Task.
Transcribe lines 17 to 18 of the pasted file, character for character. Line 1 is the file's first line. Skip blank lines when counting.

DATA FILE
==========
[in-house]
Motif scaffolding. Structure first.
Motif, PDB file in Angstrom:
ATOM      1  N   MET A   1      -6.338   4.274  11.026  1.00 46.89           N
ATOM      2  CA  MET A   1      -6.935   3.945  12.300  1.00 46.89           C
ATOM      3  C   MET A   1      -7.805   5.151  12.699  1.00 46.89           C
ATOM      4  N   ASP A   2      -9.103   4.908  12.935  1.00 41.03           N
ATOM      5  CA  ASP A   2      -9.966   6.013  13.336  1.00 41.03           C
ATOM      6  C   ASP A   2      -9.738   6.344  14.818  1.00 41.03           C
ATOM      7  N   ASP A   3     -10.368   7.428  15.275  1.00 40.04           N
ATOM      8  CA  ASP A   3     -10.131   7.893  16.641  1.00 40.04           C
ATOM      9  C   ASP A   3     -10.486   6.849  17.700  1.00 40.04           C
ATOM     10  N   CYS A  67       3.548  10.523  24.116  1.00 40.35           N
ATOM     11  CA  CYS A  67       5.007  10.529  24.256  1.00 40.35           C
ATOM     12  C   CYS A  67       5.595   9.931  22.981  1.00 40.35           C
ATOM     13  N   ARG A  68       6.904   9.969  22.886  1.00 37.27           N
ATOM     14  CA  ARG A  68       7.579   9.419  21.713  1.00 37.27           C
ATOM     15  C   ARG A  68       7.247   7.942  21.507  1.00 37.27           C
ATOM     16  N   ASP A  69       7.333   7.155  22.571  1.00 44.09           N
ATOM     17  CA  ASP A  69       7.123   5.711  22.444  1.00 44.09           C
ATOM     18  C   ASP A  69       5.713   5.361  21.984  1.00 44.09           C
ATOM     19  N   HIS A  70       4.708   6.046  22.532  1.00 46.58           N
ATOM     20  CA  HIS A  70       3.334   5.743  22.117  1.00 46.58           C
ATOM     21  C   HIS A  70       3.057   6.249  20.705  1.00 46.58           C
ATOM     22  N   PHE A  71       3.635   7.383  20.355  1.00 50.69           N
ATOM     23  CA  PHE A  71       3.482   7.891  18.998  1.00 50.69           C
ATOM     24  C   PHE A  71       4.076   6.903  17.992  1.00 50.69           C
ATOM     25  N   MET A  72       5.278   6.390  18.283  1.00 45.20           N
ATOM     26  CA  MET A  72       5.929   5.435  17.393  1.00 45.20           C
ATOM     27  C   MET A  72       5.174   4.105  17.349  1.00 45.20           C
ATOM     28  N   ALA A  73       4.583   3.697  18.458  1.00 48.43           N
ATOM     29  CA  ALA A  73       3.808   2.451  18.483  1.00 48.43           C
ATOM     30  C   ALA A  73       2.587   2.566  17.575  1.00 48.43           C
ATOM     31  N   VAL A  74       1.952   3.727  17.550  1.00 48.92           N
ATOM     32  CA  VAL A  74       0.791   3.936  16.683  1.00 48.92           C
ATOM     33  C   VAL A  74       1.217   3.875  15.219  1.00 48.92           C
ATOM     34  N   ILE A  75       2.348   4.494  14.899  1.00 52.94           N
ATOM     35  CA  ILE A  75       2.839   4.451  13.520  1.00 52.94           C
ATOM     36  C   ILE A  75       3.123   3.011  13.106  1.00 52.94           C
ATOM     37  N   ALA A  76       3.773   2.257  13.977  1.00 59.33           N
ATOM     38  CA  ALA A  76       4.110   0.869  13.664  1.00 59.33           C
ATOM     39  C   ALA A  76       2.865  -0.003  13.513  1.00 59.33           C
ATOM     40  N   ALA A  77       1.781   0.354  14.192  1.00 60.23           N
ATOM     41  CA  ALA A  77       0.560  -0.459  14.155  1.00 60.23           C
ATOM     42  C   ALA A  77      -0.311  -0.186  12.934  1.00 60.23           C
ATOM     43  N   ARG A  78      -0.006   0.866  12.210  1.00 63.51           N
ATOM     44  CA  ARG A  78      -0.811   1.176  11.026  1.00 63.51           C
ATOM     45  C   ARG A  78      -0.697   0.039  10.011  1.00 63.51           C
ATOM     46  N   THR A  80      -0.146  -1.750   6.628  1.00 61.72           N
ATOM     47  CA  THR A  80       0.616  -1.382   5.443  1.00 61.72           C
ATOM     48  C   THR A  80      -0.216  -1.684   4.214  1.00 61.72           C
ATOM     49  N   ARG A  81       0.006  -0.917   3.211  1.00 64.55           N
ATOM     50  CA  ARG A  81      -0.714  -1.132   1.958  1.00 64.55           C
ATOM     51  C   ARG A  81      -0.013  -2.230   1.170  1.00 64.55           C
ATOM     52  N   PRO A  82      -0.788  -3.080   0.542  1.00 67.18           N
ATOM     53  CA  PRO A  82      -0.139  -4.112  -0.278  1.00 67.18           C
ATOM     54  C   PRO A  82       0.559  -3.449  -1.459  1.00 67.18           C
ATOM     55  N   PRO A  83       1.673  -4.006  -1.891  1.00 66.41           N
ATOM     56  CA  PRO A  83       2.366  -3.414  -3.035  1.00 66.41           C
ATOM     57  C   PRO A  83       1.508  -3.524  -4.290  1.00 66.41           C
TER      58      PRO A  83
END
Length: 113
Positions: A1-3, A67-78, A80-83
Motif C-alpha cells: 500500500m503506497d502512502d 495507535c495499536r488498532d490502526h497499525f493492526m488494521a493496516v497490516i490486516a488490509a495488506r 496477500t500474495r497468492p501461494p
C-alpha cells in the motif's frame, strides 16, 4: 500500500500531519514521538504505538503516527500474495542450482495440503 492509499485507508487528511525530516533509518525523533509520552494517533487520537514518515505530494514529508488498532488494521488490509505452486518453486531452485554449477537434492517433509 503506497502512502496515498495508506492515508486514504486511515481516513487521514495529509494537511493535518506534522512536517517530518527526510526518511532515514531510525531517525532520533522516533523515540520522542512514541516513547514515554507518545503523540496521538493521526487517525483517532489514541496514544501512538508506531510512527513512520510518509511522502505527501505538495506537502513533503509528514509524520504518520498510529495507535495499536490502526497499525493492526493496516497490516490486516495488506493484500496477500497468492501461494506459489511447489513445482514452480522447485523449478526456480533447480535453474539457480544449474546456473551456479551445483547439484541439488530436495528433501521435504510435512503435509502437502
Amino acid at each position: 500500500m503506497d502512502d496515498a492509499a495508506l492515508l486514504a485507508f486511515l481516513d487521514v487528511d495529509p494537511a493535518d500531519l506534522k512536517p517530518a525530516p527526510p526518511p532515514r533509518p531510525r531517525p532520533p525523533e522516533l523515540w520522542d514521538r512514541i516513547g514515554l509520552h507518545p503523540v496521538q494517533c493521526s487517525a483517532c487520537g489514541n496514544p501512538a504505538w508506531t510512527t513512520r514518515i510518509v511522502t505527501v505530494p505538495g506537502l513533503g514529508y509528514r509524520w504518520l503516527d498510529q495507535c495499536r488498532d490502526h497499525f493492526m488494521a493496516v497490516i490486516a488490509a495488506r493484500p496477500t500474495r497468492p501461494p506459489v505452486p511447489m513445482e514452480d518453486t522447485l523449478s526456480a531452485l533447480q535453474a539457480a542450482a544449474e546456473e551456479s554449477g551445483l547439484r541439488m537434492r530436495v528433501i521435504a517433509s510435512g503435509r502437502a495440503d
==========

ATOM     14  CA  ARG A  68       7.579   9.419  21.713  1.00 37.27           C
ATOM     15  C   ARG A  68       7.247   7.942  21.507  1.00 37.27           C